By Nishtha Relan:
While we were celebrating Sania Mirza’s victory in the US Open – which is great in itself – by debating whether she is still ‘India’s daughter’ or only ‘Pakistan’s daughter-in-law’, in a tragic incident, four young female athletes training at the Water Sports Centre of the Sports Authority of India (SAI) in Alappuzha, Kerala, carried out a mass suicide pact; allegedly because they were being harassed by their seniors and the warden. The four women, found unconscious in their room, had consumed a local poisonous fruit together. This led to the death of 15-year old Aparna, while the other three women (aged 14, 16 and 17) are still fighting for life.
A strict probe has been ordered into the matter by the rattled Home Ministry, with the Union Sports Minister Sarbananda Sonowal promising the strictest possible action against whoever would be found guilty. According to the family members of the deceased Aparna Ramachandran, the women were being physically and mentally harassed, and Aparna had suffered injuries two weeks backs, when thrashed by a coach with an oar. It is extremely tragic that the women had nowhere to go, to escape from the constant teasing and reprimands and had to resort to committing suicide instead of being able to report the harassment or seeking help. What’s worse is that this is not the first report of harassment that has troubled the sports community in India, including the government established SAI, caught in a scandal involving one of its coaches accused of sexual harassment a year ago.
Women in India have few opportunities to take up and continue with sports, for various reasons. Girls are discouraged, from childhood itself, from participating in sports events, generally considered the domain of men. Adolescence brings on the issue of body image, which when paired with the idea of modesty being the virtue of women, further steals away these opportunities from women who are already suffering from gender-bias in the arena of sports. Another pathetic aspect of India’s sporting picture is that the financial allocation is ridiculously disproportionate. Where the men of the Indian national Cricket team enjoy luxurious fee, excluding the money they generate from uncountable advertisements and contracts, no other team gets substantial funds or the amount of attention and facilities they deserve from the government. Moreover, there is hardly any stability of career in sports for women. With all these factors already messing up the gender ratio of our active sportspersons, incidents of harassment and misconduct are the last straw!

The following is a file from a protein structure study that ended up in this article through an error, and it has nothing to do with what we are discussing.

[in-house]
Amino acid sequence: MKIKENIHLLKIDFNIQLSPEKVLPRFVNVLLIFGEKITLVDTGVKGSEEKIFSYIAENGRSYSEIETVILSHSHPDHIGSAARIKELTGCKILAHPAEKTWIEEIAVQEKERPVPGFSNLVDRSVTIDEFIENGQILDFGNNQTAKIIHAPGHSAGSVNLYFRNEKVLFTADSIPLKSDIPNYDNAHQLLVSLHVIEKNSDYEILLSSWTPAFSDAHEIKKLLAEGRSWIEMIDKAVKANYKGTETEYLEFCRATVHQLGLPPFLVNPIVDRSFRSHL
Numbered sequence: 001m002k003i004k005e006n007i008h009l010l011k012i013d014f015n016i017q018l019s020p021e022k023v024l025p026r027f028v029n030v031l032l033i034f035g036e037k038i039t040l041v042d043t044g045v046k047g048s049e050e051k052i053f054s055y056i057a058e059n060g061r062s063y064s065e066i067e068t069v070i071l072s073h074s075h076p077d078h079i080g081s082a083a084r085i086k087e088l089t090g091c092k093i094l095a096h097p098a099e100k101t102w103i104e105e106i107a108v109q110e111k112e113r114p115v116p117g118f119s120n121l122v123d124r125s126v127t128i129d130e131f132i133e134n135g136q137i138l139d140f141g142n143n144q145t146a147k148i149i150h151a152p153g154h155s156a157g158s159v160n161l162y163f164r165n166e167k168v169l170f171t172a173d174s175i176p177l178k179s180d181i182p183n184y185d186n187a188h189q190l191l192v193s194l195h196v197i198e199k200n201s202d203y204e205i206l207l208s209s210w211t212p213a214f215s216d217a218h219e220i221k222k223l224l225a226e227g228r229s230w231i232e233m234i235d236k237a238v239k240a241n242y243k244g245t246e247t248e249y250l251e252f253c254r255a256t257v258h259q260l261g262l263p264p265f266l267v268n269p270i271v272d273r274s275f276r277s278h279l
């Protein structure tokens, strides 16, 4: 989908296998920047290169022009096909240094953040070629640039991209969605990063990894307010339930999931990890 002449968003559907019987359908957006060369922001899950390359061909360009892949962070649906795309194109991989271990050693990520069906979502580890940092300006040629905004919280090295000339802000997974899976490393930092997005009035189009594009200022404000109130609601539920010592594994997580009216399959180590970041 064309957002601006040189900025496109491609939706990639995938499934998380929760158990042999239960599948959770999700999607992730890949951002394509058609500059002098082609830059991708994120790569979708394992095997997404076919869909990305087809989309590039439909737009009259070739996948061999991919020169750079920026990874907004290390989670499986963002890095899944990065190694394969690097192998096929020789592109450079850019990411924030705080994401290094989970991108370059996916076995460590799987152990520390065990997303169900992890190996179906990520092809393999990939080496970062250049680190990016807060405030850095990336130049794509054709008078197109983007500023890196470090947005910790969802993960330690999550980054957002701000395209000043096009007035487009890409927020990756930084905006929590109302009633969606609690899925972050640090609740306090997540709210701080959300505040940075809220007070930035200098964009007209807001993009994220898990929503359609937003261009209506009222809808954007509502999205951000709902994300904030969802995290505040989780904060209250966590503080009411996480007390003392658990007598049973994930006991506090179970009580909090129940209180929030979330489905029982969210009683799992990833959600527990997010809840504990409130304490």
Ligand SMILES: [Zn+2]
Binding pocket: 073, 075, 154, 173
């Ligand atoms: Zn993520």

There have been several incidents of caste discrimination, sexual harassment and bullying with female athletes in India, not excluding the bad living conditions many of them have to tolerate, and of course, most of them probably go unreported or unvoiced, as is the sad state of affairs here. In 2010, a combined charge of sexual harassment levied against M K Kaushik, coach for the Indian Hockey team by all 31 players of the women’s Hockey squad should have been an eye-opener about the ground reality of several such incidents of sexual favours demanded and enforced.
The absence of a strong Gender Sensitisation body outside the control of the harassing organisation/supervisors is another issue that needs to be highlighted here. To think that if the 15-year-old Aparna or her colleagues could have reported an account of the harassment to a friendly ear, they wouldn’t have had to take such a drastic step! Such sensitisation bodies with active and effective help-lines, if established for the country’s sports and development institutions, could help to bring down the number of harassment incidents, until those in power can be held accountable to the public and the performers in a transparent manner.